Currently I’m reviewing the copyedited manuscript of my forthcoming book The Comeback Quotient: A Get-Real Guide to Building Mental Fitness in Sport and Life, which is available for preorder. (Subtle, eh?) Chapter 6 tells the remarkable story of Jamie Whitmore, a dominant professional off-road triathlete in the 2000’s who later overcame a Jobian cancer ordeal to win a gold medal in cycling at the 2016 Paralympic Games. One of the things that makes Jamie’s story so instructive for other athletes is the can-do attitude she brings to bear in dealing with setbacks. “I’ve always been the type to say, ‘What can I control?’” she said when I interviewed her just over a year ago. “Even with cancer, it was, ‘Well, what can I do?” Because there’s so much you can’t do.”
When something is taken away from you, it’s natural to think about and regret what’s been lost. But beyond a certain point, this natural response is unhelpful, standing in the way of making the best of the situation. Successful athletes like Jamie Whitmore do not waste time and energy brooding on what’s been taken away from them. Instead, after acknowledging what they can no longer do, they identify what they can do and then do it. In this way, if their problem is solvable, they solve it faster than the brooders do, and if it’s not solvable (like the permanent damage done to Jamie’s body by her cancer surgeries), they at least make the best of the situation.
The most common type of bad situation endurance athletes encounter is injury. Most athletes get upset when an injury takes away their ability to train normally and remain in a funk until they’ve fully healed. Indeed, this reflexive emotional response to injury is so normal that a lot of athletes assume it’s ineluctable, but it’s not. Some athletes don’t get upset, or at least don’t remain in a funk, when they get injured. After an initial pout (which is only human), they pivot from a problem focus to a solution focus.
I like to say I’ve suffered more injuries than any runner my age, and over the years I’ve come a long way in terms of my ability to manage injuries emotionally. I’ll never forget the 2002 Boston Marathon, which I watched on television, grief stricken, having suffered a hip injury in training just 10 days before, when I was fitter than I’d ever been and couldn’t wait for Patriots Day to roll around so I could prove it. I remember thinking (naively) that I’d missed a chance I might never have again, little knowing that my lifetime-best marathon still lay 15 years in the future.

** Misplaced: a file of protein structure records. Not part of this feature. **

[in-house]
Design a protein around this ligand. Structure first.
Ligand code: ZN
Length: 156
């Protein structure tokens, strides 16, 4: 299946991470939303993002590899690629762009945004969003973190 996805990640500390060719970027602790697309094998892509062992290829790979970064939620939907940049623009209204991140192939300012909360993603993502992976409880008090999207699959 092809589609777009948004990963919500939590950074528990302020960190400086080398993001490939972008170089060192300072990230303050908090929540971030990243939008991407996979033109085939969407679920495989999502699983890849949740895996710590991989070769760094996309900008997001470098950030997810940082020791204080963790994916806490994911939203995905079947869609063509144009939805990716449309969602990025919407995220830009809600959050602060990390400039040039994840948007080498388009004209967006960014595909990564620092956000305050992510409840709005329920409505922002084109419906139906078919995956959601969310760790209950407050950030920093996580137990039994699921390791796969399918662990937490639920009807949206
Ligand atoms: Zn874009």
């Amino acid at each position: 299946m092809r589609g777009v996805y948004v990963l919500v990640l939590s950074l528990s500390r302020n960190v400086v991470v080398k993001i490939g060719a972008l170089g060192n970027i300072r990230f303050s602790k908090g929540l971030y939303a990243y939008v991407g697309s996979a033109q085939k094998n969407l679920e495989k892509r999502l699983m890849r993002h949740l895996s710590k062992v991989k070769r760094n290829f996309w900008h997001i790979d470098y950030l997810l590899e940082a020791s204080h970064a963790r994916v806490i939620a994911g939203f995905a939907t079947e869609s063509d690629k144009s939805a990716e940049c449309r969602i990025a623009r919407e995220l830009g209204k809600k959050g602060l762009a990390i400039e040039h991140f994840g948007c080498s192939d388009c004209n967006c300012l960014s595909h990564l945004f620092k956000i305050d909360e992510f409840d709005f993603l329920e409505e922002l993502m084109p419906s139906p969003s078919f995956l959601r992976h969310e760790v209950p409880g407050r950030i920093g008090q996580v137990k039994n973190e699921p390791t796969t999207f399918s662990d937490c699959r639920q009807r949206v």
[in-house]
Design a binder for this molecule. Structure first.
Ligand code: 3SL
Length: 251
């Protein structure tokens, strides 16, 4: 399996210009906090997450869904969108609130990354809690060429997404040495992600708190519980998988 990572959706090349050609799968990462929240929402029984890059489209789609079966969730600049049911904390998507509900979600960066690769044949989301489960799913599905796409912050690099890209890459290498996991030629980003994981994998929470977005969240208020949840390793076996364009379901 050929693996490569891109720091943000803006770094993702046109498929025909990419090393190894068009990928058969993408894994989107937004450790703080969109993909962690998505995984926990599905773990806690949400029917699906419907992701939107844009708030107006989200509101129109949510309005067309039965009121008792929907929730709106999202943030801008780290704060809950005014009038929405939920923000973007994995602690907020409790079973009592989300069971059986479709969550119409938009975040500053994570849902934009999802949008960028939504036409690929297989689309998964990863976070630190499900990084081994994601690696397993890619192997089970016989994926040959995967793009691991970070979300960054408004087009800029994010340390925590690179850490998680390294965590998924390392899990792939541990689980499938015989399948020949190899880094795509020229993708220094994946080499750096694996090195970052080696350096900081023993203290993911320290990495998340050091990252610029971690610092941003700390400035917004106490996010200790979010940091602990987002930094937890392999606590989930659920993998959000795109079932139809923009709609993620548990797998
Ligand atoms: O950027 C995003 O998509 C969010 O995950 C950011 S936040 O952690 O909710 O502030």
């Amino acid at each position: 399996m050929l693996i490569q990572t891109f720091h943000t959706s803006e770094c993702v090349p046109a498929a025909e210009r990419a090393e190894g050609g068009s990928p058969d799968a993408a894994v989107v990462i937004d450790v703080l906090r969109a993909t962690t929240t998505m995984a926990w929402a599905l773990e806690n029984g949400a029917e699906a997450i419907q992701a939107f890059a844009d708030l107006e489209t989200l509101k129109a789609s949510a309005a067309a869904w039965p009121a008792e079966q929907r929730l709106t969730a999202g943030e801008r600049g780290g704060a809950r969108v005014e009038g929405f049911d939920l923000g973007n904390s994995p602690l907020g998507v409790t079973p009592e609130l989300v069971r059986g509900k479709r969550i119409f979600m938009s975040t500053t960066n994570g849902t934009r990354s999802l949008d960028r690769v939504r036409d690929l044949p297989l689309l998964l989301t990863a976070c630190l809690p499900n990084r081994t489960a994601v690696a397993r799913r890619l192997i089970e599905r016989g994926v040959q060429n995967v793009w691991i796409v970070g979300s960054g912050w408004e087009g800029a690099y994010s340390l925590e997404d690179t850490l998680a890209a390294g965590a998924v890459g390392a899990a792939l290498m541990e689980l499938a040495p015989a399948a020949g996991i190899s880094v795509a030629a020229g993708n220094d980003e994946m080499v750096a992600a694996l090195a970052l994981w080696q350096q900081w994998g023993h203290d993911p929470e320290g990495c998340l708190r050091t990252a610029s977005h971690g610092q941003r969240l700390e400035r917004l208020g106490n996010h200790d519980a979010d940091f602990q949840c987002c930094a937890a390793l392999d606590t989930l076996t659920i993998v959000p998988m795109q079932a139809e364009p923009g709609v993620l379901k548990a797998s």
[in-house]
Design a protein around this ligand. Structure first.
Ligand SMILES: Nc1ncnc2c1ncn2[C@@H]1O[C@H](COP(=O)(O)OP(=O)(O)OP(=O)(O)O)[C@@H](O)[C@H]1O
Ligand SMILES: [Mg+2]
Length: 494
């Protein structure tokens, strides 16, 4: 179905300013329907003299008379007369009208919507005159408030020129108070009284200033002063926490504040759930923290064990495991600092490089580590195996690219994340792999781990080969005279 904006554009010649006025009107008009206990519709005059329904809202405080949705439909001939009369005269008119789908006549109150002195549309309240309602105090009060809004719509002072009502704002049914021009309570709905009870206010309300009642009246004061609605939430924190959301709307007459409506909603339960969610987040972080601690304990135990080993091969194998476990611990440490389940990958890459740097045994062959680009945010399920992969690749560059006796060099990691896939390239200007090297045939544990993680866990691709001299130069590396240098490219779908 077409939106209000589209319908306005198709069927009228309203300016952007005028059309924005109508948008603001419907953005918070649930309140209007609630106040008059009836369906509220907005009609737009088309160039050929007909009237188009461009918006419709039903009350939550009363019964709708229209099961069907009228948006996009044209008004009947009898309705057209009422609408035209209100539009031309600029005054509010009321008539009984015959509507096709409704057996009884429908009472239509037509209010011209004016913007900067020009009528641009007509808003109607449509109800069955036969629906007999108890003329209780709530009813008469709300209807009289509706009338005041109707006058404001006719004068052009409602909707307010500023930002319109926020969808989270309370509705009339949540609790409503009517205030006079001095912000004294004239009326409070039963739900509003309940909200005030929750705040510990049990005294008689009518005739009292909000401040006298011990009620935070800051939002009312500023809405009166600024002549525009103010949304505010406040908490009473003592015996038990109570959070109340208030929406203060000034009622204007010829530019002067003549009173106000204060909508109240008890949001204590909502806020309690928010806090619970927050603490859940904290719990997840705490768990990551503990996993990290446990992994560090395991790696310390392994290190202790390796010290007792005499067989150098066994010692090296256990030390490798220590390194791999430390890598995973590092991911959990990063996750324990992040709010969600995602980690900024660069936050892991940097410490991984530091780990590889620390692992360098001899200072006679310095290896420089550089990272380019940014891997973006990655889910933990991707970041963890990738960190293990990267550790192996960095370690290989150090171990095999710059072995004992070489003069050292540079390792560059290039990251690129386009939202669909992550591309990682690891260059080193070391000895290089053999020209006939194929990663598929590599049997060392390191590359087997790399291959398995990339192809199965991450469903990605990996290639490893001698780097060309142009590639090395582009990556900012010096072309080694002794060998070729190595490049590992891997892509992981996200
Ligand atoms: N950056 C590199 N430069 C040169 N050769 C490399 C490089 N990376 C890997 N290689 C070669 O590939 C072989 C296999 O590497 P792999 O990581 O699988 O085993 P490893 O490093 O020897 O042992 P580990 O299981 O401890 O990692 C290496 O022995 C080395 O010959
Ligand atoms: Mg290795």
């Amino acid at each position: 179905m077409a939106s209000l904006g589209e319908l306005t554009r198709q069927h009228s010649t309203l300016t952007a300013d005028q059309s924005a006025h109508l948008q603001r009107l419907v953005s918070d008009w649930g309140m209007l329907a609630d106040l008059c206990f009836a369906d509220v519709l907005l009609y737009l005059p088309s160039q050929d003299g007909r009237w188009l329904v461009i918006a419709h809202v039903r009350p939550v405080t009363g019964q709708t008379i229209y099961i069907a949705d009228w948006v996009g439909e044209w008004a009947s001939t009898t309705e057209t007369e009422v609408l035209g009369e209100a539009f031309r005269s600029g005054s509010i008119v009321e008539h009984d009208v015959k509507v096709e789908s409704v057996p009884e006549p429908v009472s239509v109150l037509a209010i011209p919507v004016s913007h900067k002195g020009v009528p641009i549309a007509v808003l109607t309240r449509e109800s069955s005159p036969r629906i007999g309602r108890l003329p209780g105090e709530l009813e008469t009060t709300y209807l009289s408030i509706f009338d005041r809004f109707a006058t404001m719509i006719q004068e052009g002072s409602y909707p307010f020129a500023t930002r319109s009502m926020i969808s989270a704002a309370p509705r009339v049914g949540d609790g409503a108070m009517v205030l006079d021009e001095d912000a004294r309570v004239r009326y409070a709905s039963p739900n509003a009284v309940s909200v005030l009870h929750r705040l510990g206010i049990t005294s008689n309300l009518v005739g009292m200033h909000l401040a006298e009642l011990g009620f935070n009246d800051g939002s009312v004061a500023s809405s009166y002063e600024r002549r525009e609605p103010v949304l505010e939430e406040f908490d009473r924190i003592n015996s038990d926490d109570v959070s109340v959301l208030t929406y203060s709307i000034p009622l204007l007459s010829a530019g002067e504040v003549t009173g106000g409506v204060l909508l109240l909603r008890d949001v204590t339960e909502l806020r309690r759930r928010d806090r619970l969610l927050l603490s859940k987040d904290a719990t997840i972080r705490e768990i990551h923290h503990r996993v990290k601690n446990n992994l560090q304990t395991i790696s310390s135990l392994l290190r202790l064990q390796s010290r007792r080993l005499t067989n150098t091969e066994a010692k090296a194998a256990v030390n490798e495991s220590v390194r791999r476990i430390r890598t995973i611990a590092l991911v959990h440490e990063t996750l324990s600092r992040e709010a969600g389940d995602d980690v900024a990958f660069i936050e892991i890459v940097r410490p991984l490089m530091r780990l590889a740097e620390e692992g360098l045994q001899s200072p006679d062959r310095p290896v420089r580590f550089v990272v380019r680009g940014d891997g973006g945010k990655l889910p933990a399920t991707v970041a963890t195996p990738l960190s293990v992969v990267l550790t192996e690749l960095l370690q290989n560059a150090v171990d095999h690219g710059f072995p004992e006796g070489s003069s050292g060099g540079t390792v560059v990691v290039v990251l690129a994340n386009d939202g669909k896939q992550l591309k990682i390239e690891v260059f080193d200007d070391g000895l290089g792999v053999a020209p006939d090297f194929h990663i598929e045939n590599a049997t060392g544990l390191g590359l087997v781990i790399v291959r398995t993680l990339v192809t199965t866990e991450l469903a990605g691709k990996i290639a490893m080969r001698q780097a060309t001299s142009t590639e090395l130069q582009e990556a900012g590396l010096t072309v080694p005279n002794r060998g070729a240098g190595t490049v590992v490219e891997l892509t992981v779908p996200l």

From where I sit today, I find it hard to believe that grief-stricken runner was me. I suffered my latest injury—an acute strain of the peroneal tendons in my left foot—three weeks ago, and it really hasn’t bothered me in the slightest on an emotional level, even though this one happened during a marathon PR attempt coinciding with another magical fitness peak. I wouldn’t go so far as to say I’ve been indifferent to the injury. It hurt quite a bit for quite a while, and I’ve missed running, but overall I’ve maintained emotional equanimity by doing what I now always do when I suffer any kind of setback, which is to emulate the can-do attitude of the likes of Jamie Whitmore.
Specifically, in this case, I cross-trained with a mix of bicycling, elliptical biking, stand-up paddling, and deep-water running. I modified my strength workouts to work around my pain and consulted my friend Ryan Whited of Paragon Athletics in Flagstaff, who guide me through some diagnostic tests via FaceTime and showed me some rehab exercises that would not only help me get back to running but also reduce my risk of suffering future injuries resulting from lack of mobility in my left ankle. Additionally, I signed up for a 40K cycling time trial race to give my damned-up competitive drive something to focus on and alleviate the emotional burden of knowing I was losing running fitness.
In the first couple of weeks after the injury occurred, friends and family members asked me frequently how my foot was doing, and when I told them I was still limping, they expressed sympathy. But while I appreciated their concern, their underlying assumption that because I was in pain and limping and couldn’t run I was upset was erroneous. Sure, I heard from that fearful inner voice telling me I should be deeply worried about the lack of improvement in my symptoms, but whereas 15 years ago that voice might have gone unchecked, I was now able to tune it out, knowing the injury would heal in due time, as injuries always do.
And it did. Three weeks to the day after I suffered the injury, I completed a short, slow test run on my treadmill, pain free. Injuries happen to everyone; they’re part of the sport. But not everyone copes with injuries equally well. Next time you get hurt, channel your inner Jamie Whitmore and negotiate your way through it with maximum aplomb by manifesting a can-do attitude.